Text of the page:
Product Adoption and Profitability in an Industry with Malicious Market Players

'The Impact Of Malicious Agents On The Enterprise Software Industry, MIS Quarterly (2010, Vol. 34, No. 3, pp. 595-612)

30 Pages Posted: 16 Nov 2006 Last revised: 12 Jun 2014

Michael R. Galbreth

University of South Carolina - Moore School of Business

Mikhael Shor

University of Connecticut Department of Economics

Date Written: November 1, 2006

Abstract

The development of the World Wide Web has created opportunities for malicious agents to attack information assets on an unprecedented scale. Harmful applications such as viruses and spyware can cause significant financial loss as well as other negative consequences. Software products with larger installed bases, and therefore more potential computers to attack, present more appealing targets for malicious agents. More appealing targets attract more attacks, and this increased vulnerability creates a negative externality for users of the product. This negative externality, and its impact on market share and profits, is the focus of this paper. We model a competitive environment in which software products are not only differentiated horizontally and vertically, but are also subject to a negative network effect driven by the presence of malicious market players. We find that the threat to consumers of malicious attacks can create perverse incentives for software firms, and can actually result in a preference on the part of these firms for malicious activity, as it enables increased profits. We also describe situations in which malicious activity allows a firm with an inferior product, which would otherwise not be a viable competitor, to operate profitably.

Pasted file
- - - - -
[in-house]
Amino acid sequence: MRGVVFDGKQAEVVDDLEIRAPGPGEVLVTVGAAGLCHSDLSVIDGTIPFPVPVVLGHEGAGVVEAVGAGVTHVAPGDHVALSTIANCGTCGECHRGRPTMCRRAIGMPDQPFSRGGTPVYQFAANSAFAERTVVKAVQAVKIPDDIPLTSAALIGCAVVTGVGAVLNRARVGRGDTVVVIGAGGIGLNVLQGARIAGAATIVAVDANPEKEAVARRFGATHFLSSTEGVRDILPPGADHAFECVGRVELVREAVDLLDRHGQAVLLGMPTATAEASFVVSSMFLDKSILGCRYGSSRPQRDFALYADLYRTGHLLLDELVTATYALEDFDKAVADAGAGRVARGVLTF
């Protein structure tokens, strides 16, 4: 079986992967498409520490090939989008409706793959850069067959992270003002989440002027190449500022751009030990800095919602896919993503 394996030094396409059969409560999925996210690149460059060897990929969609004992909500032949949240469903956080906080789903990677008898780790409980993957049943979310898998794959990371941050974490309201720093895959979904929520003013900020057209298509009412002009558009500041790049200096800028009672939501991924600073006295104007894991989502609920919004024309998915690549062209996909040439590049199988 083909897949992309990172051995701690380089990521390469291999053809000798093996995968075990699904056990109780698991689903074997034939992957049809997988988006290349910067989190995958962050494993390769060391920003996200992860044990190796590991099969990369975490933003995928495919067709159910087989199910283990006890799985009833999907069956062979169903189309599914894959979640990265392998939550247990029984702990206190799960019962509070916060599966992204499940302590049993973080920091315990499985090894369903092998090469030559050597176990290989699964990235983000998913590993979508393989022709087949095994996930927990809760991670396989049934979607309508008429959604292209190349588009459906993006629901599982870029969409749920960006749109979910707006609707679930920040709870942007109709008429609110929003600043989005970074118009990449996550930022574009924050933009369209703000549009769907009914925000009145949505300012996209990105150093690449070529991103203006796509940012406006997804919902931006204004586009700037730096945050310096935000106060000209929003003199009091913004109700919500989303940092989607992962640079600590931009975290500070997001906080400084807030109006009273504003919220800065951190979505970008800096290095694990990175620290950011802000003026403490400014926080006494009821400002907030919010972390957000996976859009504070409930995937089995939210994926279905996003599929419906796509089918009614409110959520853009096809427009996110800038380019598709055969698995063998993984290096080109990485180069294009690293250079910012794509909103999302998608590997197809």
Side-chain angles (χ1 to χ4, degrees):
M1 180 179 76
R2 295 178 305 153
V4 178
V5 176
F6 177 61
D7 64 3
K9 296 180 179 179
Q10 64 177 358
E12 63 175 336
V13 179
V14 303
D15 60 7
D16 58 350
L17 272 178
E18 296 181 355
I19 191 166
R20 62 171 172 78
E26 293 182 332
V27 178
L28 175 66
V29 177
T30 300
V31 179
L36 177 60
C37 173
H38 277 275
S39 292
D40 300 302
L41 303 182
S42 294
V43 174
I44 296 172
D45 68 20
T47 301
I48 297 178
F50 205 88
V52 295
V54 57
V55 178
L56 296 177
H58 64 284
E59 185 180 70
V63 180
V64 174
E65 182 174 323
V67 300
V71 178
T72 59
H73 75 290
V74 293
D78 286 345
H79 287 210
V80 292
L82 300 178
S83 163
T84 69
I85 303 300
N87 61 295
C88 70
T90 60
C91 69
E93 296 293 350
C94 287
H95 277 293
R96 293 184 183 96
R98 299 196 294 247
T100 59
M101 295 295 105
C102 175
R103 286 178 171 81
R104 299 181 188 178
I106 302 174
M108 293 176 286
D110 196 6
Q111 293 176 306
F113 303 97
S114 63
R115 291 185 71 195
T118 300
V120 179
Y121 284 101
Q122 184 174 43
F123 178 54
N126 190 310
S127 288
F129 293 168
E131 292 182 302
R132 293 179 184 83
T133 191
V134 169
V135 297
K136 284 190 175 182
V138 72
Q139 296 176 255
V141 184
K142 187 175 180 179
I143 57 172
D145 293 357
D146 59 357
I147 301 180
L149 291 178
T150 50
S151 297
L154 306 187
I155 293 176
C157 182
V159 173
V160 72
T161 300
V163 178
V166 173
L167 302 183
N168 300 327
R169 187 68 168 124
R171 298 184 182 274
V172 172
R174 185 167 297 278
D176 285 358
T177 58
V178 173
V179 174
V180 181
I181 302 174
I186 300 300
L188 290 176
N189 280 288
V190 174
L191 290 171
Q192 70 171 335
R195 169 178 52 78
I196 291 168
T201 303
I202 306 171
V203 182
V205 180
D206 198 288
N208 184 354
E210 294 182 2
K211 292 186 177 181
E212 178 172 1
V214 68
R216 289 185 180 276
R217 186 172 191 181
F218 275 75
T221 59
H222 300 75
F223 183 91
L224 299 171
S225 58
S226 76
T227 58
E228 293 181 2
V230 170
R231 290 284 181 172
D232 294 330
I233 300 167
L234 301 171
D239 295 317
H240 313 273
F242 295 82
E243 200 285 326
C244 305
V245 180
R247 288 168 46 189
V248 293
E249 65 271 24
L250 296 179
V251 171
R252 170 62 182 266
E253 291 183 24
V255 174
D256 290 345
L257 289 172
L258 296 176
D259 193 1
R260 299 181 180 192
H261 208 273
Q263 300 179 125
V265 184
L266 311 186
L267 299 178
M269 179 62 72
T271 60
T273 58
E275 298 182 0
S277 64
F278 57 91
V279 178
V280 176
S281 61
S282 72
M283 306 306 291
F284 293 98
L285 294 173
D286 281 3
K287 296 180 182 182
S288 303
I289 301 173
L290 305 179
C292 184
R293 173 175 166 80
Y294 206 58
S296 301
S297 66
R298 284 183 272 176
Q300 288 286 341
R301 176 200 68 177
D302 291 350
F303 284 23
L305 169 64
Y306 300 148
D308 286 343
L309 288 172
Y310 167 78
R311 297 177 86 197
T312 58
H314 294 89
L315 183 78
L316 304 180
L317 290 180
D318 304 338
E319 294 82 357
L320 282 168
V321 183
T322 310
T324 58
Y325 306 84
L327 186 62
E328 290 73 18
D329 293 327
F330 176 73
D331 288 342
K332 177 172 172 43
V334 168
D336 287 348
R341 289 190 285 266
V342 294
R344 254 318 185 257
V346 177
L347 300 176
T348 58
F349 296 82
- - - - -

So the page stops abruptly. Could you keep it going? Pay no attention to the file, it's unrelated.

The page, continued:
Keywords: information system security, network externalities, pricing of information

JEL Classification: L1, D43, L86, D62, M21

Suggested Citation

Galbreth, Michael R. and Shor, Mikhael, Product Adoption and Profitability in an Industry with Malicious Market Players (November 1, 2006). 'The Impact Of Malicious Agents On The Enterprise Software Industry, MIS Quarterly (2010, Vol. 34, No. 3, pp. 595-612) . Available at SSRN: https://ssrn.com/abstract=944995 or http://dx.doi.org/10.2139/ssrn.944995

Michael R. Galbreth (Contact Author)

University of South Carolina - Moore School of Business ( email )

1014 Greene Street
Columbia, SC 29208
United States

Mikhael Shor

University of Connecticut Department of Economics ( email )

365 Fairfield Way, U-1063
Storrs, CT 06269-1063
United States

HOME PAGE: http://www.mikeshor.com/

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